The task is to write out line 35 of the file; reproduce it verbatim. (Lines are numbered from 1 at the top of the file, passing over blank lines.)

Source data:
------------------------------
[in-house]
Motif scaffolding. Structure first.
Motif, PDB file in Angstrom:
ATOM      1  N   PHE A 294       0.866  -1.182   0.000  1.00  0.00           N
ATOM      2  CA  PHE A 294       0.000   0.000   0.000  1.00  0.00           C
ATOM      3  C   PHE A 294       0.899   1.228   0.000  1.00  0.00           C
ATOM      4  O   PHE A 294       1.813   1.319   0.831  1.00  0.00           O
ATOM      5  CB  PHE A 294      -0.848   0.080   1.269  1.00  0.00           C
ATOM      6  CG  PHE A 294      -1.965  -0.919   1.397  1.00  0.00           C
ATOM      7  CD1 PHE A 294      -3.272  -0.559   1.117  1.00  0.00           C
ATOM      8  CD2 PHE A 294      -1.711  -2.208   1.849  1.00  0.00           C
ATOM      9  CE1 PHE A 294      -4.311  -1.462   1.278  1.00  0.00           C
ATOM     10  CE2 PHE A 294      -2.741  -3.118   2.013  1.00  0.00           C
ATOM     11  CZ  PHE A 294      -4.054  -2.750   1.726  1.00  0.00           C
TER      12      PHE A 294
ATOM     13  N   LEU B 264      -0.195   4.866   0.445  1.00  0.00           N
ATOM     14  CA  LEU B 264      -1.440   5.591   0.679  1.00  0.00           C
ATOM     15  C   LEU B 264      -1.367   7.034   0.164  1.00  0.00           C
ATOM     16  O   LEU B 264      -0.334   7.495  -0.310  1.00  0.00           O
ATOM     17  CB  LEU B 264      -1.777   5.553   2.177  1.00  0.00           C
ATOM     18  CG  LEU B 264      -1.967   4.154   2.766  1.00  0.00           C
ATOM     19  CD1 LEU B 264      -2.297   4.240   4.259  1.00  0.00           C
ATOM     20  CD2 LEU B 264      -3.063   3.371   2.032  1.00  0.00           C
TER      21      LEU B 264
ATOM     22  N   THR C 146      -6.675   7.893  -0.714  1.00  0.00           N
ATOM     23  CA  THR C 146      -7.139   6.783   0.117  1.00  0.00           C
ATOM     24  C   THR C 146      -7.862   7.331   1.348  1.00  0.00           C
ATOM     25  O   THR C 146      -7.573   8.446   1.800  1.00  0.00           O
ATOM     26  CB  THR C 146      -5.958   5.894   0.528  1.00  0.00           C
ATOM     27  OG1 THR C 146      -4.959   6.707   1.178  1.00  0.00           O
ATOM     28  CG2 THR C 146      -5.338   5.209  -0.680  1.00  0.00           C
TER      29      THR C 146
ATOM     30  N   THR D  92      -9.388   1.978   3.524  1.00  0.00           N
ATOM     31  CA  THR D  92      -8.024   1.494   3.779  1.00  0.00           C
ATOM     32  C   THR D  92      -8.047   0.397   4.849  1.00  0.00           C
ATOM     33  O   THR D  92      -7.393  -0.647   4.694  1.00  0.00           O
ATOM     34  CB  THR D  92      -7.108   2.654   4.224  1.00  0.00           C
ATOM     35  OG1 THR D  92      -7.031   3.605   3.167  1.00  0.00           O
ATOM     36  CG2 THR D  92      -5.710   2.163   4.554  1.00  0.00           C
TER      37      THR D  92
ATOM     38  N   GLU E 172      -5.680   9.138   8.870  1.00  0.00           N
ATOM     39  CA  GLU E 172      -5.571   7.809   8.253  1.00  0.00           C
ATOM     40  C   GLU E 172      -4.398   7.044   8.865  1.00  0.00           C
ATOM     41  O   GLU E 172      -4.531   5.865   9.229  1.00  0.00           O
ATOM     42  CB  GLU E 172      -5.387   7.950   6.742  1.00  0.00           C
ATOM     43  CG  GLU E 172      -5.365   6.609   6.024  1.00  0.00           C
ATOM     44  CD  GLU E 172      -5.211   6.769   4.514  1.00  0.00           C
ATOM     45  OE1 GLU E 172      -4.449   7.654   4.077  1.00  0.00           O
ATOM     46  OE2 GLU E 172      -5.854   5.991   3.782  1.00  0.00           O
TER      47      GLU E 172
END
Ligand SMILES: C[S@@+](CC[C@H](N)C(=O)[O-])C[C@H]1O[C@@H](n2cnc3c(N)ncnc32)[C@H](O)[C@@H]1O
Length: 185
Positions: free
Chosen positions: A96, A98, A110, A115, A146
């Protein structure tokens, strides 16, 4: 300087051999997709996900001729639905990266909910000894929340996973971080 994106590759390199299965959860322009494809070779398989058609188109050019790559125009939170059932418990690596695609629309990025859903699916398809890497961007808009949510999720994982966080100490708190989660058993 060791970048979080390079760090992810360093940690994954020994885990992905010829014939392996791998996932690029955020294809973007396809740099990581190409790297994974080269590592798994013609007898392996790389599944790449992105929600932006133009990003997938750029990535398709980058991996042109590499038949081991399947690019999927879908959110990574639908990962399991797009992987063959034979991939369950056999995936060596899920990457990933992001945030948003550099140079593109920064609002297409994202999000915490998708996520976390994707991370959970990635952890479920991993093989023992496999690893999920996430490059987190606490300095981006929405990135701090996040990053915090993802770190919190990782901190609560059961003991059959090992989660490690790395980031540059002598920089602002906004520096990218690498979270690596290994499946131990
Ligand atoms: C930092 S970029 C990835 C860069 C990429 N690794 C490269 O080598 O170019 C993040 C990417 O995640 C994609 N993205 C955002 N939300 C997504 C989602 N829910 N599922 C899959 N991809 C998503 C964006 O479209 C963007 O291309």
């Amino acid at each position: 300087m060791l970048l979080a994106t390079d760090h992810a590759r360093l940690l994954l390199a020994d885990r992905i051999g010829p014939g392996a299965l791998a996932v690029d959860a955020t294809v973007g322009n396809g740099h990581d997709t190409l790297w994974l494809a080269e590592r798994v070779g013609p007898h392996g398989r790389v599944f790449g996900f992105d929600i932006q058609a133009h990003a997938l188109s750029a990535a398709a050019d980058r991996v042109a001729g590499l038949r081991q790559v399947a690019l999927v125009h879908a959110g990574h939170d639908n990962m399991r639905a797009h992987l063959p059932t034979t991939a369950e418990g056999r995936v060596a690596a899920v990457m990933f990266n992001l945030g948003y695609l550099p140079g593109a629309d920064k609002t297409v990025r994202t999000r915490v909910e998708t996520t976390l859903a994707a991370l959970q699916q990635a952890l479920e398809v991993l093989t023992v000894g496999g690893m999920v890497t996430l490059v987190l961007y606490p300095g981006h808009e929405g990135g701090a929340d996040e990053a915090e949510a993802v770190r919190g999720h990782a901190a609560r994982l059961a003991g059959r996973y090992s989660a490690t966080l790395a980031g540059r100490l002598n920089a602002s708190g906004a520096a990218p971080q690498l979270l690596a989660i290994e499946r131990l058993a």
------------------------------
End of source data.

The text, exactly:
ATOM     32  C   THR D  92      -8.047   0.397   4.849  1.00  0.00           C